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Study of nanoplastics surprises scientists

Photo of colorful plankton
Nanoplastics can be utilized by bacteria which in turn serve as additional food for the zooplankton Daphnia Magna. Photo: Per Harald Olsen, Norges teknisk-naturvitenskapelige universitet

There is still much we don’t know about the tiny plastic particles thought to be all around us. In a new study, Tommy Cedervall and his research group show that the rate of degradation may be faster for nanoplastics than for larger plastic debris. The reason is that UV radiation plays a role in the degradation process, and the radiation seems to have a greater effect on smaller particles.

“This is because the particles have so much surface area in relation to their mass. It is a large fraction of the particles that are hit by the UV rays,” says biochemistry researcher Tommy Cedervall, who is leading the project “Environmental impact of nanoplastics from degraded ordinary plastic articles” funded by the Swedish Environmental Protection Agency.

How do nanoplastics affect animals and plants at the beginning of the food chain?

The discovery that nanoplastics appear to degrade faster than larger plastic particles is good news because it could mean that the plastics do not cause as much damage as feared. In the study, the researchers tested breaking down several different types of commonly used plastics, such as polystyrene from Styrofoam and plastic lids, Polylactic acid (PLA) from coffee packets and PET from bottles. In the next step, the researchers exposed zooplankton to the particles.

It turned out that none of the plastics adversely affected the zooplankton. One type of plastic, PLA, even seemed to have positive effects. Those particles increased the life span of the plankton.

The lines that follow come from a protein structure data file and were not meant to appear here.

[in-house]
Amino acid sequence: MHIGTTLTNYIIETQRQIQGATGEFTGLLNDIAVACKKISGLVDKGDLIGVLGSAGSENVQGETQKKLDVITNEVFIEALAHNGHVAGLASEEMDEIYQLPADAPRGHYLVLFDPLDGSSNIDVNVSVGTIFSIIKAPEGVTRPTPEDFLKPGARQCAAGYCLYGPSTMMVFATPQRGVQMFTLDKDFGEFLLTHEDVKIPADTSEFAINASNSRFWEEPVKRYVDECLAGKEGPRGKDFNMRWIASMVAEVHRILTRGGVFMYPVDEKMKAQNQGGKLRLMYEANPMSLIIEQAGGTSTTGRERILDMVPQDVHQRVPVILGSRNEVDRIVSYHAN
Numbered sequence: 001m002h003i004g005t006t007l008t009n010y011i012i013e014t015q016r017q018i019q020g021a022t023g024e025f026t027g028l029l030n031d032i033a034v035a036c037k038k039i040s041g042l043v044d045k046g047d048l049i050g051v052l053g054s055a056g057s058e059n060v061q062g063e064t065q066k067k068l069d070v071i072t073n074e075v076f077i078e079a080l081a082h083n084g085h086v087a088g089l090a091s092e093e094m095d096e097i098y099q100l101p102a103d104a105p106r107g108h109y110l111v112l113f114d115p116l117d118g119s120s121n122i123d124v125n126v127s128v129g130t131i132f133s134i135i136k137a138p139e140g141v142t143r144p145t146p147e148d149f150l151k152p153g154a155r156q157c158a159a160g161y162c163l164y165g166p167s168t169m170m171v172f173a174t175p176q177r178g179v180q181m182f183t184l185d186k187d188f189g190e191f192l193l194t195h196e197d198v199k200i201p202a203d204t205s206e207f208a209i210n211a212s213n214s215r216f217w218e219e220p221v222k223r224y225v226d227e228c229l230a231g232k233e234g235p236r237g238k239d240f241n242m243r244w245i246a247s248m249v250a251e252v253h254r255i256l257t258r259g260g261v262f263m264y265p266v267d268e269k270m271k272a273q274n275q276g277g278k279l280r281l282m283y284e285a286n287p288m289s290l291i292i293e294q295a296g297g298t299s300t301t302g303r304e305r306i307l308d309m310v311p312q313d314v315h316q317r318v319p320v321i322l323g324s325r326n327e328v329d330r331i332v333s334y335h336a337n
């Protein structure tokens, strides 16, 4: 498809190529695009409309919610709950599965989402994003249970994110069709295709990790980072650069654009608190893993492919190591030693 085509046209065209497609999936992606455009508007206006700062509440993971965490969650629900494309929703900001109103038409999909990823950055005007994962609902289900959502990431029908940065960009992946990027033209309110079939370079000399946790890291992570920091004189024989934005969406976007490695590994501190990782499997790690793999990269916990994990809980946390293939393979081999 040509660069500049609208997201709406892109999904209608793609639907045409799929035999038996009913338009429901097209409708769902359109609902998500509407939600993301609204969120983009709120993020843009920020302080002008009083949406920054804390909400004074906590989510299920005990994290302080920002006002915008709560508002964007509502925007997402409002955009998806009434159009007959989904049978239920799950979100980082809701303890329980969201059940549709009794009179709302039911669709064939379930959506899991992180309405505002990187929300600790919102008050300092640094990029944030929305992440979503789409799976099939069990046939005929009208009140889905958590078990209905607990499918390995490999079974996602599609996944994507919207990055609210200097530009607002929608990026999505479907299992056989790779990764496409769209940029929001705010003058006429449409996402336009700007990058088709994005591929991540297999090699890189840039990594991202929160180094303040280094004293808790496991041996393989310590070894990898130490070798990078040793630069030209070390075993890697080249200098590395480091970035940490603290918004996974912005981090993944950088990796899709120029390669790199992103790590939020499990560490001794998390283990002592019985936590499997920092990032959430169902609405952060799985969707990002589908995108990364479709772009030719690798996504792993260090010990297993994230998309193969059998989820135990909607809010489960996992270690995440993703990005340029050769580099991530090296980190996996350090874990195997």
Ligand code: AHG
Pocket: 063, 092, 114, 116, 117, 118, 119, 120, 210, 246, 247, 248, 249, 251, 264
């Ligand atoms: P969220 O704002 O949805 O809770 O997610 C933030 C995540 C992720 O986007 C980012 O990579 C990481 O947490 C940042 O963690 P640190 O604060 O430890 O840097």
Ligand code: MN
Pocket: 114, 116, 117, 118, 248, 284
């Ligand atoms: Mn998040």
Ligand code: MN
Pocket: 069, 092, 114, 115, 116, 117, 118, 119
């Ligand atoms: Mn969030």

“That really surprised us,” says Tommy Cedervall.

He thinks the increased longevity may be related to the fact that beneficial bacteria like to grow on the plastic particles.

Results apply only to nanoplastics – not other nanomaterials

“In this study, we haven’t seen anything to suggest that nanoplastics cause major problems when they are absorbed by zooplankton,” says Tommy Cedervall.

The nanosized fractions were not toxic to the zooplankton Daphnia magna in the used concentrations. In contrary, for at least the two plastics High Density Polyethylene (HDPE) and PLA, the nanoplastics increase the lifetime of the Daphnia magna – probably because the nanoplastics can be utilized by bacteria which in turn serve as additional food for the zooplankton.

Tommy Cedervall stresses that their results at this stage apply specifically to nanoplastics and not to other nanomaterials, such as rubber.

“To answer the question of how nanoplastics affect humans, more research is needed on the long-term effects of the plastic particles in the body,” says Tommy Cedervall in an interview with Extrakt, an online magazine for people who want to stay updated on the latest research published by the Swedish Research Council Formas.

The report with the first data from the project

Read the entire article (in Swedish)